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From The CriticsReviewer: Patricia Wong, MD (Stanford University Medical Center)
Description: This straightforward and practical book is the one to read if you are starting or contemplating starting to perform sclerotherapy in your practice as a dermatologist. The different types of sclerosing solution are covered, along with the pros and cons of each one. Separate chapters are devoted to large and small veins, and the authors share tips on how to maximize results and minimize complications. Procedures such as phlebectomy, endovenous ablation, laser, and intense pulsed light are also reviewed, but sclerotherapy gets the most comprehensive coverage. An abundance of color photographs illustrates the injection techniques and how to assess venous anatomy using ultrasound/color duplex Doppler. For the most part, these are of very good quality.
Purpose: The book is intended to provide current and practical knowledge on the removal techniques for varicose veins and spider telangiectasias. The material is presented well and the authors accomplish their goals.
Audience: Dermatologists performing sclerotherapy in their practice who are interested in refining their knowledge and techniques are the intended audience.
Features: The discussion of how to properly apply compression bandages is well done and illustrated step by step in accompanying photos. Practical advice on how to structure the consent form for these procedures and how to treat complications is nicely presented. Numerous shaded tables summarize clinical points of treatment. The chapter on how to equip your office for sclerotherapy is very helpful. The authors' preferences for specific manufacturers, needle specifications, storage precautions for sclerosing solutions, etc., are covered. I like how the book focuses on how to perform sclerotherapy while covering the major considerations: patient selection and evaluation, side-effects of treatment, treating complications, and the nuances in learning sclerotherapy.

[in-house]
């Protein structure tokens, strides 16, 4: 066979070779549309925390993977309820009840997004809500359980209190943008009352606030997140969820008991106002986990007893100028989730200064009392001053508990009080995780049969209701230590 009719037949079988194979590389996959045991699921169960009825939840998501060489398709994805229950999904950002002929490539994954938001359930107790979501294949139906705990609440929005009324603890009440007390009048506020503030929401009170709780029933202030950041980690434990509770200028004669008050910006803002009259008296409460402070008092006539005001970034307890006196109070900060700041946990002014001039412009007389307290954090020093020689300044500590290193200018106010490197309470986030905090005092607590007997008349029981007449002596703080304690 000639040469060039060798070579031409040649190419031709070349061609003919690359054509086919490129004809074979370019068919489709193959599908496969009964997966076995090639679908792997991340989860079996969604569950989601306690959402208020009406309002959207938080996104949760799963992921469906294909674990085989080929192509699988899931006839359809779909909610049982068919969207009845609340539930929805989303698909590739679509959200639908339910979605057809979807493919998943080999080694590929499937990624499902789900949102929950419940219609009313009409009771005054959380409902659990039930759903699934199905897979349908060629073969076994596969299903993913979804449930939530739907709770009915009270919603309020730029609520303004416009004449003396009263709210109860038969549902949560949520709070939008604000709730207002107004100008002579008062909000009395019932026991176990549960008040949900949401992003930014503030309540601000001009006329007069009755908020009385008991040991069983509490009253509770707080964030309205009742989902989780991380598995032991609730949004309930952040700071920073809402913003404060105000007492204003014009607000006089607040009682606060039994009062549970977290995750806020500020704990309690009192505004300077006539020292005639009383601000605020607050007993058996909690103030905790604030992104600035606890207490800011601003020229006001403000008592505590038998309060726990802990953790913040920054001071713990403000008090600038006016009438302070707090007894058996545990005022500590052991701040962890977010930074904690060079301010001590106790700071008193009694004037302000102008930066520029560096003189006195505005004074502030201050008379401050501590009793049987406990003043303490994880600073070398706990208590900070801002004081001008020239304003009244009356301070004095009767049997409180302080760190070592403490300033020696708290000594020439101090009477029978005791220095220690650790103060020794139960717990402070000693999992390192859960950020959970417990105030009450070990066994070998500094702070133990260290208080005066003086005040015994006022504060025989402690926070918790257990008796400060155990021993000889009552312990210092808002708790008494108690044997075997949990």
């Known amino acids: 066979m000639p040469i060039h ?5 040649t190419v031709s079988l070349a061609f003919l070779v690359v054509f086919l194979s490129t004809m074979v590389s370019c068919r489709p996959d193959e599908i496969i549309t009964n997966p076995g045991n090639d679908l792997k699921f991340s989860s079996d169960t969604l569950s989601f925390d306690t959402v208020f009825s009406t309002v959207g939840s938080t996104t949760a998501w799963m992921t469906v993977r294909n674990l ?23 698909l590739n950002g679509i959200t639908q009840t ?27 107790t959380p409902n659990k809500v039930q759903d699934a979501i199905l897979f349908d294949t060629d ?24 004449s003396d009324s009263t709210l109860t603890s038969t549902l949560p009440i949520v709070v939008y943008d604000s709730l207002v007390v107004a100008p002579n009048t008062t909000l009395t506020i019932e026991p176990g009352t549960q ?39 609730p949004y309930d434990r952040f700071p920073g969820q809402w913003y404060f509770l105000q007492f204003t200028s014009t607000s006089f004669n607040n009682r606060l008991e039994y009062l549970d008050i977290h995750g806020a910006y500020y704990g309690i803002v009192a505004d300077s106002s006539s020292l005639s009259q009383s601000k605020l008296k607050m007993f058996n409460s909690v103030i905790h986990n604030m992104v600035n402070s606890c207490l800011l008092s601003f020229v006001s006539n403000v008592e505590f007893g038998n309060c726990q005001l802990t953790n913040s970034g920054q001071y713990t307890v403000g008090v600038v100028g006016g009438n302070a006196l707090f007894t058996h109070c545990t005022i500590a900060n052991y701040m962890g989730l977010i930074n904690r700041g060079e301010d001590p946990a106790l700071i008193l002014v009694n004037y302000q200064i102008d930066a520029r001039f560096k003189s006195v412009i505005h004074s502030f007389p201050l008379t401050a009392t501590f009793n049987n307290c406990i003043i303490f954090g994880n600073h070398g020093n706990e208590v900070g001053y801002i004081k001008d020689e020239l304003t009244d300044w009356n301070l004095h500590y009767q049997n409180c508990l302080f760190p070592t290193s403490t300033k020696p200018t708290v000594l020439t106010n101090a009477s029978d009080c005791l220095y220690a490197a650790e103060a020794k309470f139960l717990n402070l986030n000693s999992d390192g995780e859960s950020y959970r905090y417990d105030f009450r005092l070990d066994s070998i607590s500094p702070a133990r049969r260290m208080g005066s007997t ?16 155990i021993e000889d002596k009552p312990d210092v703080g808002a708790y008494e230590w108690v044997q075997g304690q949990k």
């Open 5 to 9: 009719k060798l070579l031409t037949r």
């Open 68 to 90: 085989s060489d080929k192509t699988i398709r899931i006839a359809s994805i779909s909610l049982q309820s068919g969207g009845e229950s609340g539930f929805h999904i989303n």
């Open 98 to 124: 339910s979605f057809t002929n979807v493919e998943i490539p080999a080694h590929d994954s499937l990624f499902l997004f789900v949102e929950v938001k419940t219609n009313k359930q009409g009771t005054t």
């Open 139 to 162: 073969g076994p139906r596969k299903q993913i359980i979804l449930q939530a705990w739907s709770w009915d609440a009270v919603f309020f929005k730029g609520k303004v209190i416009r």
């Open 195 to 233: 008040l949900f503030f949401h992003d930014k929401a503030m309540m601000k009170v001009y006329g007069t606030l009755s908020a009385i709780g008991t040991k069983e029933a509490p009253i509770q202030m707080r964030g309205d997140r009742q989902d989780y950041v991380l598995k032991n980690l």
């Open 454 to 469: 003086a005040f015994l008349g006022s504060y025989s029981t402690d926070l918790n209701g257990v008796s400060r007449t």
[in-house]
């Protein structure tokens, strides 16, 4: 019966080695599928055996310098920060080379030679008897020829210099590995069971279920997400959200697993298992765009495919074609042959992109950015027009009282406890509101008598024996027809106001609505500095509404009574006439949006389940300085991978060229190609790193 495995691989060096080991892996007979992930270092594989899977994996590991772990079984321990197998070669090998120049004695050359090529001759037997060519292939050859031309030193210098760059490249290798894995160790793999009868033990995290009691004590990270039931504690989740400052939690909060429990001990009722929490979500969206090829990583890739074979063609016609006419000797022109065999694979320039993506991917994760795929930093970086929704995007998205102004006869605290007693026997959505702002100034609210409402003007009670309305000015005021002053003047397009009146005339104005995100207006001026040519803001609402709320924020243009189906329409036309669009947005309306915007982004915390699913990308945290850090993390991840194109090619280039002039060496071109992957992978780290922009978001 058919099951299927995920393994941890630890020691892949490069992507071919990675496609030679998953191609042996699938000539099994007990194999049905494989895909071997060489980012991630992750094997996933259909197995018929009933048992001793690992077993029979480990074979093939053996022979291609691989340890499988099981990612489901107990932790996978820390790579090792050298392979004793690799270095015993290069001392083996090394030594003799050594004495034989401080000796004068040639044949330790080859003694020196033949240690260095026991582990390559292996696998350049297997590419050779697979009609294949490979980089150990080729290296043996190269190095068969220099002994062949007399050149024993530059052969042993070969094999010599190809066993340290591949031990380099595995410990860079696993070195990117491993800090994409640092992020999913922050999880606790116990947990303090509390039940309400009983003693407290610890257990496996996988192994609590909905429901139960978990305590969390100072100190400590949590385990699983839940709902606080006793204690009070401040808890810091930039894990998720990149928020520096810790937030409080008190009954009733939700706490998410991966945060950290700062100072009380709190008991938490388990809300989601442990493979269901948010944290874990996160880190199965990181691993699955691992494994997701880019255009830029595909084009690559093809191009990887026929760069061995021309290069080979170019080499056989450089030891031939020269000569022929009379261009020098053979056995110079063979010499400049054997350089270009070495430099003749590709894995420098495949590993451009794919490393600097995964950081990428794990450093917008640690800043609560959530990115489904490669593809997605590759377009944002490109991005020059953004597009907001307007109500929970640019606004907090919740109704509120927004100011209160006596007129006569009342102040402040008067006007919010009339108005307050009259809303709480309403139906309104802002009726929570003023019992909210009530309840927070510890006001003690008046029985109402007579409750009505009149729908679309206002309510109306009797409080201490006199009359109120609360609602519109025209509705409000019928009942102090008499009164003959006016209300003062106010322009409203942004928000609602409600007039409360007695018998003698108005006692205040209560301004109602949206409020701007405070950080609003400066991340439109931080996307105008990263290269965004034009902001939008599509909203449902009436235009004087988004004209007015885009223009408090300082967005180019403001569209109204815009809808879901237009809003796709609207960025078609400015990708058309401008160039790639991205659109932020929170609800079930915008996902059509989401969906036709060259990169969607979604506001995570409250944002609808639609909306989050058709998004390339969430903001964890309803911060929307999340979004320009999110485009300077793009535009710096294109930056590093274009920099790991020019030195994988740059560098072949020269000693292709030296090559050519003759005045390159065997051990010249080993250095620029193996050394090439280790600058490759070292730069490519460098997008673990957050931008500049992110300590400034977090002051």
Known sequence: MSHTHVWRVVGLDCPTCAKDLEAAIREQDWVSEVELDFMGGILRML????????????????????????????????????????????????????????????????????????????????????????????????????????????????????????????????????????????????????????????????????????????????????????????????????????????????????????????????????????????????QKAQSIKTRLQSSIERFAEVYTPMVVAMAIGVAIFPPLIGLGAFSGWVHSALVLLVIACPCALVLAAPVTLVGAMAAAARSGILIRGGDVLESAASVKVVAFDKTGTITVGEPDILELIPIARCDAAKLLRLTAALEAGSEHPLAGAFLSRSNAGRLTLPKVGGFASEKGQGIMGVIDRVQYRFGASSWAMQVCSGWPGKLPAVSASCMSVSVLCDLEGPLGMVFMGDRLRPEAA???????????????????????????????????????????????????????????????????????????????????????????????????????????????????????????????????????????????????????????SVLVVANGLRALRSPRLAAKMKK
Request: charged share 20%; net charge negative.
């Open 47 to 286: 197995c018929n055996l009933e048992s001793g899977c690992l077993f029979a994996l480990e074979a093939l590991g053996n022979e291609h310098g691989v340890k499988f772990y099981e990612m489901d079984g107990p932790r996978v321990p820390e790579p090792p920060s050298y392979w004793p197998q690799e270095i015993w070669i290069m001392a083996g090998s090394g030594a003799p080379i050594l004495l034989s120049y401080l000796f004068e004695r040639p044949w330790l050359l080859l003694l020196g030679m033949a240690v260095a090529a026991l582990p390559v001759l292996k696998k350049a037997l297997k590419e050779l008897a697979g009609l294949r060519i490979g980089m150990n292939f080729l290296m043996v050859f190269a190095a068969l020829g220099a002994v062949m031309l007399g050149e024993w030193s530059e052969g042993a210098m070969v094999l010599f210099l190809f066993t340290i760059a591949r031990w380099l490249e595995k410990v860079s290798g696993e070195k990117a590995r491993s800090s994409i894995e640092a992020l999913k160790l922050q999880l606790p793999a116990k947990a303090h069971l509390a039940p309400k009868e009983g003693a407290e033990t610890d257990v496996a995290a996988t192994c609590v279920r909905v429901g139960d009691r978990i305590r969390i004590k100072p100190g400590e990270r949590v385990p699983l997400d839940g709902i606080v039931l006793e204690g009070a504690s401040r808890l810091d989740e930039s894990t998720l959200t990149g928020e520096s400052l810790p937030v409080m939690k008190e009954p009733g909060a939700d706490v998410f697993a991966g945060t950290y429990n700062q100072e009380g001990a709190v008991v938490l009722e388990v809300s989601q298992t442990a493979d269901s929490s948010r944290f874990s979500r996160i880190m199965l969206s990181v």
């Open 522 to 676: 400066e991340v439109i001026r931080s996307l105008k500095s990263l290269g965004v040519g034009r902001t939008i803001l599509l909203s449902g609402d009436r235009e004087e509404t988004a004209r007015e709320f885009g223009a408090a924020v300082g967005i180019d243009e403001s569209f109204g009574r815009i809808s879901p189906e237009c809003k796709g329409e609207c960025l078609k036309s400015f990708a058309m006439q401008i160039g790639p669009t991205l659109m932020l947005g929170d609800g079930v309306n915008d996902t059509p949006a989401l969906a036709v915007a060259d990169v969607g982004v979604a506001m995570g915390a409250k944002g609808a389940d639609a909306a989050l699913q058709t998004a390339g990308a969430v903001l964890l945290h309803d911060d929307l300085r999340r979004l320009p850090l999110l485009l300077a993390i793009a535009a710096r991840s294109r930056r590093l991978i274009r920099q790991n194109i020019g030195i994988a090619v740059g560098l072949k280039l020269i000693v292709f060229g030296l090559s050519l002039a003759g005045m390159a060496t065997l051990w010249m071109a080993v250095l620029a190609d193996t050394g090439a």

Assessment: This book is beneficial for seasoned phlebologists and dermatologists wishing to learn sclerotherapy. It does not overwhelm readers with exhaustive discussions of all the research upon which these recommendations are based. I appreciate the authors sharing their expertise and making sclerotherapy more fun to perform, leading to better results for our patients.